Thursday, October 23, 2014

My tribute to WES CRAVEN'S NEW NIGHTMARE on Film School Rejects

I know that the internet of late has devoted an excessive amount of time to '90s nostalgia. This year especially has been a deluge of 20-year retrospective pieces, as it turns out that 1994 was a pretty big year for pop culture. And yet, as tired as I am of such things, I joined the ranks of the guilty this week with a piece I wrote for Film School Rejects.

It has been twenty years since the release of my favorite sequel to A Nightmare on Elm Street, the very meta Wes Craven's New Nightmare. It's always felt to me like a very clever movie that was under-appreciated in its time and any notoriety is has in retrospect seems to be as a footnote to Scream, which followed two years later. I gather that "real" horror fans hate how it takes place in the "real world" makes Freddy of the previous six films just a character in a movie. The movie's uniqueness repells some, but for me, that's why it's worthy of being celebrated.

I'm grateful that Film School Rejects gave me a forum in which to express that.

“Every kid knows who Freddy is. He’s like Santa Claus or King Kong.” – Heather Langenkamp in Wes Craven’s New Nightmare. 

In a film full of truthful observations, that line always struck me as the truest, or at least the most relevant to my own relationship with Freddy Krueger and the Nightmare on Elm Street film series. I was four when the original came out in 1984, so I was too young to experience that film or most of the first few sequels on their first release. As I grew up, my awareness of Freddy came from what seeped into popular culture. As best as I can remember, my introduction was either a kid in my 4th grade class wearing a Freddy mask for Halloween, or possibly an ad for the costume in a comic book.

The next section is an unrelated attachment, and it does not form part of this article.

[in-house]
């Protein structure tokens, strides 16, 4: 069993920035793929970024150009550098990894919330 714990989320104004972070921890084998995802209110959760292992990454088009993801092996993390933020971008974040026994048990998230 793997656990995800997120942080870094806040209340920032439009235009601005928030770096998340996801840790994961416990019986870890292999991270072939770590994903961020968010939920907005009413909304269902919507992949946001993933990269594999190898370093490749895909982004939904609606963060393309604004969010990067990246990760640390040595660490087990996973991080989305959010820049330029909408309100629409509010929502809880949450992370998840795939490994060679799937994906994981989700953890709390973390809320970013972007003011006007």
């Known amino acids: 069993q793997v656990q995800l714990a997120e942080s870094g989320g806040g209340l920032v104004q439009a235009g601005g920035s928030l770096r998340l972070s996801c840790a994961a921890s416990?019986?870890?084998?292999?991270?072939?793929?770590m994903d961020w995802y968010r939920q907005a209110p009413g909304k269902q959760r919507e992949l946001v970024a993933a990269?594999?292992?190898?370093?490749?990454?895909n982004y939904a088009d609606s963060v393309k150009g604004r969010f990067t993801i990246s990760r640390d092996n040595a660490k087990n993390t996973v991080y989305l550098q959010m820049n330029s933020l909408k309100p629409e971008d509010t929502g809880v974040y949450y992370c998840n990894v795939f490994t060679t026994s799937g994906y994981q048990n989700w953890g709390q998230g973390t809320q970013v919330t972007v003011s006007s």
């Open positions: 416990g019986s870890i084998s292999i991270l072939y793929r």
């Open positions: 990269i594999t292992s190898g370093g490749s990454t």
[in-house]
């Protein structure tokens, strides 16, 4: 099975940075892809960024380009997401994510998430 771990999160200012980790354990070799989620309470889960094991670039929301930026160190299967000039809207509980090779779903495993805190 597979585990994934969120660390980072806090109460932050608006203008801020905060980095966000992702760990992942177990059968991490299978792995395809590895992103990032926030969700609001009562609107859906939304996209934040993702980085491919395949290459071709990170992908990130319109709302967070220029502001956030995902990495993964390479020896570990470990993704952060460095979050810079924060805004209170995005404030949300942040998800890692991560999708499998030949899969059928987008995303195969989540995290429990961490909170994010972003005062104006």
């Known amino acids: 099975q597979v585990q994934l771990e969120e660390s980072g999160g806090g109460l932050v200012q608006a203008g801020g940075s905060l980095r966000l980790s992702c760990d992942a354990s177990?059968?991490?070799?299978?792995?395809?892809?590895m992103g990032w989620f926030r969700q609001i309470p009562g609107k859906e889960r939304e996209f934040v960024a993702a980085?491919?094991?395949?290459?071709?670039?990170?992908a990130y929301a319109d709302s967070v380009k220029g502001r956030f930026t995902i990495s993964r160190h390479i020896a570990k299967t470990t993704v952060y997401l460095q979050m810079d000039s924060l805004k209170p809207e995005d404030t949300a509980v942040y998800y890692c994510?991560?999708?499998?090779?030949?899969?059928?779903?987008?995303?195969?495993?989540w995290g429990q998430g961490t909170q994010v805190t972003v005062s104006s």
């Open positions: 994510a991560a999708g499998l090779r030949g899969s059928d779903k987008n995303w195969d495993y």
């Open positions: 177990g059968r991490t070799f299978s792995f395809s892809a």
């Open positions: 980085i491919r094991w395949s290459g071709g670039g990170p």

So “my” Freddy was less the disturbing child murderer whom Wes Craven created for what probably felt like a standalone film, and more the watered-down pop icon. Less a psychological threat, and more of a catchphrase-spewing gimmick killer. It’s the difference between how the shark from Jaws plays on screen, and experiencing him on the Universal Studios tram tour. 

As a result, Freddy never scared me as a kid, nor did I have any desire to see the movies. I knew that they came out every year or two and I assumed all of the movies were stupid slasher films, in which, I saw no appeal. I remember seeing a trailer for Freddy’s Dead: The Final Nightmare in 1991 and thinking it looked incredibly awful. Good riddance. 

Then came 1994 and the release of Wes Craven’s New Nightmare

Read the rest over at Film School Rejects.

Monday, October 20, 2014


BIRDMAN is the story of a washed up actor who saw his career plummet after walking away from the latest sequel in his superhero franchise twenty years ago. That actor, Riggan Thomsan, is on the verge of a possible comeback via the Broadway play he's directing, starring in, and adapted. The problem is the show isn't very good and it's just had to recast one of its main players at the start of previews.

Riggan Thomsan is played by Michael Keaton, which makes it very easy to see parallels between the character and the actor who walked away from the Batman franchise twenty years ago after doing two films. If you've followed any of the press tour, you've probably heard Keaton disavow any real kinship with Riggan. In at least one interview, he said that he doesn't think he's played a character he's identified with less than Riggan.

As crazy as it sounds, after seeing BIRDMAN, I believe him.

Riggan is a pretty good actor, but a not-pretty good human being. He's staked all of his assets on a self-indulgent vanity project. (At one point, Riggan's co-star Mike, played by Edward Norton, accuses Riggan of not even understanding what the story is about and charges that Riggan's rewritten it to give himself all of the good lines.)